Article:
Inflorescences axillary, contracted unilateral (scorpioid) cymes up to 2.5 cm long but usually much shorter, each 2 – 7-flowered or flowers solitary; bracts foliaceous; bracteoles spinose, pairs unequal in length, the longer (13.5 –) 15 – 28 × 0.5 – 0.8 mm, triangular in cross section, margin with (1 –) 2 – 5 (– 7) ± patent spines per side (1.5 –) 2.5 – 5 mm long, appearing ladder-like, sterile bracteoles persisting at lower nodes as paired axillary spines, then turning white
Volk 12603, from an isolated population in Hardap region, differs from the remainder of the material in having short glandular hairs scattered on the calyx and in the posterior calyx lobe having shorter and less harsh lateral spines. In addition, the stem indumentum is finer and denser, and extends onto the inflorescence axes. More material from this region is needed to see if these differences are consistent — it is likely to warrant at least subspecies status. This species is closely allied to Barleria lanceolata. Whilst the two are usually easily separated, there are a few specimens from Erongo region in the southern part of the core range of B. merxmuelleri (e.g. Jensen 302 from Farm Onanis; Jensen 49/1433 from Namib Park; Schmidt 1016 from Tumasberg) which appear intermediate. They have the dense shrubby habit and ladder-like lateral spines on the bracteoles of B. merxmuelleri but have a very finely and rather densely puberulent stem, broader, more ovate calyx lobes and ± broader bracteoles with a narrow blade, all characters tending towards B. lanceolata subsp. tristis. These are possibly a result of past hybridisation where their ranges overlap(ped). However, the two species are usually so distinct that it seems right to maintain B. merxmuelleri as a distinct species.
Namibia, Distr. Swakopmund, Durchfahrt zwischen Spitzkoppe und den Pontokbergen, fl. 27 March 1954, Kinges 3685 (holotype M! [M0109631]).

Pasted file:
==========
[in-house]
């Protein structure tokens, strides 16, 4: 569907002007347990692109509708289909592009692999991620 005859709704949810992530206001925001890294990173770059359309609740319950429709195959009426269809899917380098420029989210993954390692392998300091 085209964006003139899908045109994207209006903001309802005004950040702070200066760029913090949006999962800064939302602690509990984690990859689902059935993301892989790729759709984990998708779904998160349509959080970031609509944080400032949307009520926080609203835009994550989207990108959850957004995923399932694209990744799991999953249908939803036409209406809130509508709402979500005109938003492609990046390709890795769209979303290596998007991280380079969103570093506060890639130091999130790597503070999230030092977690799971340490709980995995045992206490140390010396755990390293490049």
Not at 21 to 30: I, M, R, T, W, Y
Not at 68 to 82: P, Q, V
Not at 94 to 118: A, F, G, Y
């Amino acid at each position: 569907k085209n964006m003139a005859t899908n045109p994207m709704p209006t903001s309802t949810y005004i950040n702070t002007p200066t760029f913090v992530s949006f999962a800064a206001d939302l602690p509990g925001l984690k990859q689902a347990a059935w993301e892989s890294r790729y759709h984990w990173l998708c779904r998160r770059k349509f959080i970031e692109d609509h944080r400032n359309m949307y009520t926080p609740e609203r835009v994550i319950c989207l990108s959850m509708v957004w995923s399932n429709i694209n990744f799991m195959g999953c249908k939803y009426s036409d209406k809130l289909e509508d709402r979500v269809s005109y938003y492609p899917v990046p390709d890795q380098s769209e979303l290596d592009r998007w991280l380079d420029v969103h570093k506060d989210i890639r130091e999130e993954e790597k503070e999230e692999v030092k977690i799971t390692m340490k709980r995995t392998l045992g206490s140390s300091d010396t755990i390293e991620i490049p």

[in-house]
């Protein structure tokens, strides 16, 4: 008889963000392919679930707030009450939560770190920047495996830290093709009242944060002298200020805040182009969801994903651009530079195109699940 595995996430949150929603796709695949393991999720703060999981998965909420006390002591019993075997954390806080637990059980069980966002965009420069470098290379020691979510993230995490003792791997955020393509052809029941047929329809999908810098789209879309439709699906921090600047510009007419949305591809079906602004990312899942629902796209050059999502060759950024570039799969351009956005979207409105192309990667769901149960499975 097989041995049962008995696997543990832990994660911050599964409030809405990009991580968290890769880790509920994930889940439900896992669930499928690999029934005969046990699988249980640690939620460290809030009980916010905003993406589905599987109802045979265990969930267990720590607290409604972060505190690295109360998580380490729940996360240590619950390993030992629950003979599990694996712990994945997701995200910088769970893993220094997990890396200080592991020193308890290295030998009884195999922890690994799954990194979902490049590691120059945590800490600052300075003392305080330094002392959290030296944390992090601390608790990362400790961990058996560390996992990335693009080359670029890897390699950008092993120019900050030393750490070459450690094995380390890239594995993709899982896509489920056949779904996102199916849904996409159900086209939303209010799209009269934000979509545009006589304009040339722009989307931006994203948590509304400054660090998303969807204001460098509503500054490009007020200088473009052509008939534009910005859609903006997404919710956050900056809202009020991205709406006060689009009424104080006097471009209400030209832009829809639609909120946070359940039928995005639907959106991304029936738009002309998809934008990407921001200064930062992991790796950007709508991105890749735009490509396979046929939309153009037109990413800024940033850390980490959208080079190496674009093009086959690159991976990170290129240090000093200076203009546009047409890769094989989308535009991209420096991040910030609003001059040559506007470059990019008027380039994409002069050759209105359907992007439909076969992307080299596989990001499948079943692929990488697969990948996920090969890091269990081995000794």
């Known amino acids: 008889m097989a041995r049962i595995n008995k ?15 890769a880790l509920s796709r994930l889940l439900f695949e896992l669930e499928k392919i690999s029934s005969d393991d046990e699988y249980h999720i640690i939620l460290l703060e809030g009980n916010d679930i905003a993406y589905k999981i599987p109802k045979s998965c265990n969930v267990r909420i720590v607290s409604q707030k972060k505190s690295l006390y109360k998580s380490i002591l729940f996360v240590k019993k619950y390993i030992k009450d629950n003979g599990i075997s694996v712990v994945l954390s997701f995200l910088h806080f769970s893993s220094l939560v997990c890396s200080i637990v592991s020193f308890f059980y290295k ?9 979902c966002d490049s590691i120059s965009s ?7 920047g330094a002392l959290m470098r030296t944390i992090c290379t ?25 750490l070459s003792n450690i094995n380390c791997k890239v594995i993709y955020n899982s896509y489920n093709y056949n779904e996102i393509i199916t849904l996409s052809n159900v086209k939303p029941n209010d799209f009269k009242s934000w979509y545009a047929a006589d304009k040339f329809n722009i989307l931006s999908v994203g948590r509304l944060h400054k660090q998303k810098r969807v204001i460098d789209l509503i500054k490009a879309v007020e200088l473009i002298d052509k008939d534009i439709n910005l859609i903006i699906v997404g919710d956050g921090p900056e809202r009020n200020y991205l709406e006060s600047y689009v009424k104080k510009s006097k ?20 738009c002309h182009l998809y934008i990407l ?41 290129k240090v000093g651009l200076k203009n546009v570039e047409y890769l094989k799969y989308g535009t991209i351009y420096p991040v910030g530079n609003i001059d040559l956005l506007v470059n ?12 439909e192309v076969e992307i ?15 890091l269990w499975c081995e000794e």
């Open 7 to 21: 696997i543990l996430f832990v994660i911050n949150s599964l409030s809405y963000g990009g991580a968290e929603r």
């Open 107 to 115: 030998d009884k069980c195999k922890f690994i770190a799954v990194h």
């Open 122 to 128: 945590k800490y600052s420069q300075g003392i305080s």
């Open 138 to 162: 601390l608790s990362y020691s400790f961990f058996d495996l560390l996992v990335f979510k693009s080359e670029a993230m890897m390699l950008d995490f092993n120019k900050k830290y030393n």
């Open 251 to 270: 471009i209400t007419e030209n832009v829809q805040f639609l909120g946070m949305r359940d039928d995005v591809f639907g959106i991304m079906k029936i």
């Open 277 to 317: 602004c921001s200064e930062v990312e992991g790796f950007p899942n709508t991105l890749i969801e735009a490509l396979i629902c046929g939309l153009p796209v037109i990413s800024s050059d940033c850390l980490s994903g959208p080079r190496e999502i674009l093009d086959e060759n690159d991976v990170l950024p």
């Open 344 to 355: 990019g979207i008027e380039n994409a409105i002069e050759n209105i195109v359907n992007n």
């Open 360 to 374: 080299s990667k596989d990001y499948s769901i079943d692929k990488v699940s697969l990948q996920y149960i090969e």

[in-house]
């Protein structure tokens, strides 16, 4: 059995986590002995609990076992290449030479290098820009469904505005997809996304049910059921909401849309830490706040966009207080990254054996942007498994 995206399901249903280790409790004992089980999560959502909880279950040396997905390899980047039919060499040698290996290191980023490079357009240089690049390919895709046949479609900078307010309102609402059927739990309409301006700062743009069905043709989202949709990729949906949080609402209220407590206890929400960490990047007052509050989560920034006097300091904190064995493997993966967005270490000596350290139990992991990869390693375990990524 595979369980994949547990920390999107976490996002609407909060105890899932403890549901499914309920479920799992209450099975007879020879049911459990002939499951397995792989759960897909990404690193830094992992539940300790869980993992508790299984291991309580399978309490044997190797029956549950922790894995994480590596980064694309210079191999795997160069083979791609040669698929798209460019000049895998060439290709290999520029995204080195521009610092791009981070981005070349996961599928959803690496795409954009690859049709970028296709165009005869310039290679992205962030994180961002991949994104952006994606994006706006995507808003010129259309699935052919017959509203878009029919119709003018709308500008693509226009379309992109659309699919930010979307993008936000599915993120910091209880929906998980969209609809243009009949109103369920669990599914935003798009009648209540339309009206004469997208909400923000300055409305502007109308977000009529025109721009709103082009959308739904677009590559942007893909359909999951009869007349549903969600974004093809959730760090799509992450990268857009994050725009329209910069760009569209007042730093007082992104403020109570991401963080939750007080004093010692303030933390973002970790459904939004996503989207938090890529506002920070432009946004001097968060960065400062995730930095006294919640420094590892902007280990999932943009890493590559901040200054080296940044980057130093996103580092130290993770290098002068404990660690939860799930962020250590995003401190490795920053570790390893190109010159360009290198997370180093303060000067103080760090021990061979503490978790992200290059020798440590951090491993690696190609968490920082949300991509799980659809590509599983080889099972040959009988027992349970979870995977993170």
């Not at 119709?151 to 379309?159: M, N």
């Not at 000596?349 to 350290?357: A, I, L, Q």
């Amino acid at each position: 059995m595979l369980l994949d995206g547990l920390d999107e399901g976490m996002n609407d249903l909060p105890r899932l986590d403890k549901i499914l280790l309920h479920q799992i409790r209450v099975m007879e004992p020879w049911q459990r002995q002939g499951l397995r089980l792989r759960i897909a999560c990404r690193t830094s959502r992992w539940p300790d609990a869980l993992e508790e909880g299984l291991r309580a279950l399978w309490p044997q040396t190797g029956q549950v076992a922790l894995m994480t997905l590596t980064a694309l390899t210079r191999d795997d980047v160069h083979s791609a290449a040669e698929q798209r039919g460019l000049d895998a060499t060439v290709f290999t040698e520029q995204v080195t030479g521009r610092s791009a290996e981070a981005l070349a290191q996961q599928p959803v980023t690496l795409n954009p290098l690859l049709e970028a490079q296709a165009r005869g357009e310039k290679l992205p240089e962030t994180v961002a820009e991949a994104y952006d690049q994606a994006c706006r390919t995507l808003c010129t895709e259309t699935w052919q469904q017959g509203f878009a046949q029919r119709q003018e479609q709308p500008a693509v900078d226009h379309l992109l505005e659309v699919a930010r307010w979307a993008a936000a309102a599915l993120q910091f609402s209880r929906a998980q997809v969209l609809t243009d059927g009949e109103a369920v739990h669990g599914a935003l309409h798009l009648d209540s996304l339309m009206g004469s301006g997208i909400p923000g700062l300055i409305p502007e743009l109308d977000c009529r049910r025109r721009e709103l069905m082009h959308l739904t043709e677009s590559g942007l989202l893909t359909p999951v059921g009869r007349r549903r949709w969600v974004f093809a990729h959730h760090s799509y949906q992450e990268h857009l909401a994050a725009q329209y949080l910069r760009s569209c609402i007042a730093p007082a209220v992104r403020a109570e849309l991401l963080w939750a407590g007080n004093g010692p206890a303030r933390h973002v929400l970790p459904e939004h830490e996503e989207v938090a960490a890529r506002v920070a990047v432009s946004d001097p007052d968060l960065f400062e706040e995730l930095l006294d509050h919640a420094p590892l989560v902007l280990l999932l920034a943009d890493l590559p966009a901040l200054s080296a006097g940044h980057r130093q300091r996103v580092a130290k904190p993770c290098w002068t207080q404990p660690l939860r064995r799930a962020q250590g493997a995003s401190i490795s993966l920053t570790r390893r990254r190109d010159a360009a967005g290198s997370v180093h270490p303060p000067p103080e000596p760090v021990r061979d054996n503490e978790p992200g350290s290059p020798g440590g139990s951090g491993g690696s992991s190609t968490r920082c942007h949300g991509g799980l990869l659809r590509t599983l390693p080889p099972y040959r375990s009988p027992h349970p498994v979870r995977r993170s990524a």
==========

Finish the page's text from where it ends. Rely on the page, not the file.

Native to:


Barleria merxmuelleri P.G.Mey. appears in other Kew resources:

First published in Mitt. Bot. Staatssamml. München 2: 382 (1957)

Accepted by

  • Darbyshire, I., Tripp, E.A. & Chase, F.M. (2019). A taxonomic revision of Acanthaceae tribe Barlerieae in Angola and Namibia. Part 1 Kew Bulletin 74(5): 1-85. Royal Botanic Gardens, Kew.
  • Govaerts, R. (1996). World Checklist of Seed Plants 2(1, 2): 1-492. MIM, Deurne.


Kew Bulletin

  • Craven, P. (ed.) (1999). A checklist of Namibian plant species. South African Botanical Diversity Network Report No. 7, SABONET, Windhoek.
  • Darbyshire, I., Tripp, E. A. & Dexter, K. G. (2012). A new species and a revised record in Namibian Barleria (Acanthaceae). Kew Bull. 67: 759 – 766.
  • Klaassen, E. & Kwembeya, E. (eds) (2013). A checklist of Namibian indigenous and naturalised plants. Occasional Contributions No. 5, National Botanical Research Institute, Windhoek.
  • Klopper, R. R., Chatelain, C., Bänninger, V., Habashi, C., Steyn, H. M., de Wet, B. C., Arnold, T. H., Gautier, L., Smith, G. E. & Spichiger, R. (2006). Checklist of the flowering plants of sub-Saharan Africa. An index of accepted names and synonyms. South African Botanical Diversity Network Report No. 42, SABONET, Pretoria.
  • Mendelsohn, J., Jarvis, A., Roberts, C. & Robertson, T. (2002). Atlas of Namibia. A portrait of the land and its people. Ministry of Environment & Tourism and David Philip, Cape Town.
  • Meyer, P. G. (1957). Beitrag zur Kenntnis der Acanthaceen Südwestafrikas. Mitt. Bot. Staatssamml. München 2: 368 – 385.
  • Meyer, P. G. (1968). 130. Acanthaceae. In H. Merxmüller (ed.), Prodromus einer Flora von Südwestafrika. J. Cramer, Germany.
  • Van Wyk, A. E. & Smith, G. F. (2001). Regions of Floristic Endemism in Southern Africa. A review with emphasis on succulents. Umdaus Press, Hatfield.
  • Welman, W. G. (2003). Acanthaceae. In: G. Germishuizen & N. L. Meyer (eds), Plants of southern Africa: an annotated checklist. Strelitzia 14: 92 – 106. National Botanical Institute, Pretoria.

  • Kew Backbone Distributions

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  • Kew Names and Taxonomic Backbone

    The International Plant Names Index and World Checklist of Selected Plant Families 2022. Published on the Internet at and
    © Copyright 2017 International Plant Names Index and World Checklist of Selected Plant Families.